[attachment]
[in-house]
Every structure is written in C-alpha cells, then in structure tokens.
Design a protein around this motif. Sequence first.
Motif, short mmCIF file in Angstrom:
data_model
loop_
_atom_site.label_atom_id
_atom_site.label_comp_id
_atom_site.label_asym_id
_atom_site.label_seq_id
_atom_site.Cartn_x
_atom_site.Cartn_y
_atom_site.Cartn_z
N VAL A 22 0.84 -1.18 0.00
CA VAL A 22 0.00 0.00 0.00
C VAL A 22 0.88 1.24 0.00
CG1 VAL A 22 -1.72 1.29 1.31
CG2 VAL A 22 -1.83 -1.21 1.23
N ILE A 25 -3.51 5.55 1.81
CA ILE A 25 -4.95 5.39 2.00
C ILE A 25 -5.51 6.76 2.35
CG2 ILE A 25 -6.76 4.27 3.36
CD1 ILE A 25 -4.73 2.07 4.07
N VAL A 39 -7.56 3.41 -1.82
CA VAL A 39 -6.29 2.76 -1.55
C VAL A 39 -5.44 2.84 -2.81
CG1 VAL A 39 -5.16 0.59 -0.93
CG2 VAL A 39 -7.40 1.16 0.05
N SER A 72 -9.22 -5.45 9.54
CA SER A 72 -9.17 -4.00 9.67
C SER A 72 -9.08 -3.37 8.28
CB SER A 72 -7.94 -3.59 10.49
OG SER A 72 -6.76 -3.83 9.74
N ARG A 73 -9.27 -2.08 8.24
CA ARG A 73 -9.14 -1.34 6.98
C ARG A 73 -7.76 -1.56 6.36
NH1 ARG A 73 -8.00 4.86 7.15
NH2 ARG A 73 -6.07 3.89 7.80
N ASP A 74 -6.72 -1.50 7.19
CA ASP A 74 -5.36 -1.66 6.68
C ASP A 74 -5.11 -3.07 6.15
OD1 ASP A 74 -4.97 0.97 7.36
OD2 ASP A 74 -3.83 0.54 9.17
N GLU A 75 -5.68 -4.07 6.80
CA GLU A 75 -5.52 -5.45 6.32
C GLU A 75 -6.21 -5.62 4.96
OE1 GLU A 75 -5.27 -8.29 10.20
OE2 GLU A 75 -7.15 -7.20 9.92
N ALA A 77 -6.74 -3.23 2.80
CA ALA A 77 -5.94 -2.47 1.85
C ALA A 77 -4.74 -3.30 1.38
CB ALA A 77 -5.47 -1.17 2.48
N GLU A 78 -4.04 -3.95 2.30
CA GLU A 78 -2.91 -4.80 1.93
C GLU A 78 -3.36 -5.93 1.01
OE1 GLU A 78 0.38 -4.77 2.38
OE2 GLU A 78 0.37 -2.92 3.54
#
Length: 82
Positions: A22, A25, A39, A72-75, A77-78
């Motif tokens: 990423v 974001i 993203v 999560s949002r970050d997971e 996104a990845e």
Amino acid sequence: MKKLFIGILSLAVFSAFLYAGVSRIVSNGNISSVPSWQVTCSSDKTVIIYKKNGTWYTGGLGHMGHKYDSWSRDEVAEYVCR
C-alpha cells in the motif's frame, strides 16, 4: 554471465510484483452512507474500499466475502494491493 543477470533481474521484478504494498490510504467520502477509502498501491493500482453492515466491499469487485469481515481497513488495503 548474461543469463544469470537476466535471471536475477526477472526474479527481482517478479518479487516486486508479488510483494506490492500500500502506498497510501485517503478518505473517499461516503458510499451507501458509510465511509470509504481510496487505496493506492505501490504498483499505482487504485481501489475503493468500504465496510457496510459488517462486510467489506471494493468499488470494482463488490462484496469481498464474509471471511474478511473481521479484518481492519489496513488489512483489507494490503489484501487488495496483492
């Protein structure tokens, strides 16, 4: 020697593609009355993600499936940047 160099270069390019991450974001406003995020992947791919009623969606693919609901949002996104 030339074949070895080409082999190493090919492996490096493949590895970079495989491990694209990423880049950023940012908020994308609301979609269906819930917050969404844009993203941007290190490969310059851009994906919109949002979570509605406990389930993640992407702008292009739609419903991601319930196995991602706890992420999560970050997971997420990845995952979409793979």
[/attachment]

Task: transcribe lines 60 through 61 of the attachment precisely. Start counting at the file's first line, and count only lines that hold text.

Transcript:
Positions: A22, A25, A39, A72-75, A77-78
């Motif tokens: 990423v 974001i 993203v 999560s949002r970050d997971e 996104a990845e």